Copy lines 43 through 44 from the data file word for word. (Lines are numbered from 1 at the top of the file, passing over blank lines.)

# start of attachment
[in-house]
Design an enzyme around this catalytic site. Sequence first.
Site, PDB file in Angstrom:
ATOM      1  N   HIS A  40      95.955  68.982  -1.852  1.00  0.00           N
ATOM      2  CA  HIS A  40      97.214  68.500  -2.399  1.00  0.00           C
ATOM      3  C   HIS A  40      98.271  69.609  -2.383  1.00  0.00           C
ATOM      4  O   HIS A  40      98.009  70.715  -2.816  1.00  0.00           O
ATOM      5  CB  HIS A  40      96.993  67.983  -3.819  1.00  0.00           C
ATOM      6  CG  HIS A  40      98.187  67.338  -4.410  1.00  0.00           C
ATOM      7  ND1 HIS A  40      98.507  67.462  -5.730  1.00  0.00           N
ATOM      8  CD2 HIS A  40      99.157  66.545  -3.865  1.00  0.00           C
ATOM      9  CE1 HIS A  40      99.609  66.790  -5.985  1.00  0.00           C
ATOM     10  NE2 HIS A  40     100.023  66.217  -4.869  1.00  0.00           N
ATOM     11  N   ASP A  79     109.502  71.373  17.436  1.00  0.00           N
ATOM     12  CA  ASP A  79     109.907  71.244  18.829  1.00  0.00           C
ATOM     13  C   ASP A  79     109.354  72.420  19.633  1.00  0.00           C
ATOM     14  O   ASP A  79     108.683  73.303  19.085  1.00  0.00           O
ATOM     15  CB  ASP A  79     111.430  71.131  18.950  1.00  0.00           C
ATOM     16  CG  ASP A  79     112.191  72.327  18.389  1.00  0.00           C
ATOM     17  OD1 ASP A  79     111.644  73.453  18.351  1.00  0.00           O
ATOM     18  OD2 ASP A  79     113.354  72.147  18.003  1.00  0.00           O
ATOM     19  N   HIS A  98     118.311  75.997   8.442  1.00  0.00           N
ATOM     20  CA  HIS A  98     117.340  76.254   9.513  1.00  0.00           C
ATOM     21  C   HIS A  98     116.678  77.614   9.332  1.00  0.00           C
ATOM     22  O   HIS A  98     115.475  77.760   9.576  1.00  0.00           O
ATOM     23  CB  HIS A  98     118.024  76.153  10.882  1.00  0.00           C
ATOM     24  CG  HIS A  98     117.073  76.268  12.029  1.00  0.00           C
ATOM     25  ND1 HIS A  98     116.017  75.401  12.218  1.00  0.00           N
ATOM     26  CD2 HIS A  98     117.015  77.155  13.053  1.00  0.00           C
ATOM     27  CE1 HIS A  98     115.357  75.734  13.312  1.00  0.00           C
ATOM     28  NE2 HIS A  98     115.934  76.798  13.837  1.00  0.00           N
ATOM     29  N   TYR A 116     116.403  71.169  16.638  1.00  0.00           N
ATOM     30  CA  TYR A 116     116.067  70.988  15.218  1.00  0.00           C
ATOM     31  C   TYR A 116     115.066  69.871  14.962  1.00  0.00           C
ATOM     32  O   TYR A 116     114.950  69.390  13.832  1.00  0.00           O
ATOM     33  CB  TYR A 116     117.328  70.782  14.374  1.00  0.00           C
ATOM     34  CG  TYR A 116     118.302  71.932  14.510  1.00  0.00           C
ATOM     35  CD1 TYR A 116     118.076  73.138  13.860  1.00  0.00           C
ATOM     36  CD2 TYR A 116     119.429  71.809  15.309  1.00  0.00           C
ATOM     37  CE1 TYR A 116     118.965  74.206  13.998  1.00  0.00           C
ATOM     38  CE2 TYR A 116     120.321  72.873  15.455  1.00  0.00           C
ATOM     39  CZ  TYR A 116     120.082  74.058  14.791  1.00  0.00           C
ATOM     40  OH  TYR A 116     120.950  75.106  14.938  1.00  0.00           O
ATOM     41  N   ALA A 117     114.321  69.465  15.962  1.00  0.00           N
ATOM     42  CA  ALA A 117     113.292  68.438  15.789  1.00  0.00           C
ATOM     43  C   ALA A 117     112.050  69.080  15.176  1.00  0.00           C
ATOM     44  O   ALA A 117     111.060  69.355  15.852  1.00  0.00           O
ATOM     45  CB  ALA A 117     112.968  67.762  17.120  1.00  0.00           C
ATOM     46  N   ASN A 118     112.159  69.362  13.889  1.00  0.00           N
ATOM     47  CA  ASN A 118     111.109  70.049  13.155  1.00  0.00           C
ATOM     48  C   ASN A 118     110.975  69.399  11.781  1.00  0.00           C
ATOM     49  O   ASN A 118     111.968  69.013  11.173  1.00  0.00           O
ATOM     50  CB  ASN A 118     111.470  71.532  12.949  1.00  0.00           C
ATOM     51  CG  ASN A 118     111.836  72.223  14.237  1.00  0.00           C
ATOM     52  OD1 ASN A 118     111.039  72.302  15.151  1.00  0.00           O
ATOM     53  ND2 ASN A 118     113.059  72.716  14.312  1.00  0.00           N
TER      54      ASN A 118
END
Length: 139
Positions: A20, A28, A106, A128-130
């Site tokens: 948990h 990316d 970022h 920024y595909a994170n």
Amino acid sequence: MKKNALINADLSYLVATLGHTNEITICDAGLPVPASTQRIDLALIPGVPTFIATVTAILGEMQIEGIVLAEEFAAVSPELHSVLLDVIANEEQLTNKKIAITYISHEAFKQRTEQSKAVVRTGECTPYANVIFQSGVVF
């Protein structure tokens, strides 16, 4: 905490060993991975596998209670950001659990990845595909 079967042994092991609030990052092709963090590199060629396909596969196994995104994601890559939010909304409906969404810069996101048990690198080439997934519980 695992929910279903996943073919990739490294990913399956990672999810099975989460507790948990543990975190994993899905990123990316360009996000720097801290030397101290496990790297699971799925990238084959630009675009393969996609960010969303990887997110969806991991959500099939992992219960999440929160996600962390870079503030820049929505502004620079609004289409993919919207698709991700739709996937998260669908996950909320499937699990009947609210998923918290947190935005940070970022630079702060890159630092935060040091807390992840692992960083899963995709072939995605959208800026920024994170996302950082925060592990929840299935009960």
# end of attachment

ATOM     40  OH  TYR A 116     120.950  75.106  14.938  1.00  0.00           O
ATOM     41  N   ALA A 117     114.321  69.465  15.962  1.00  0.00           N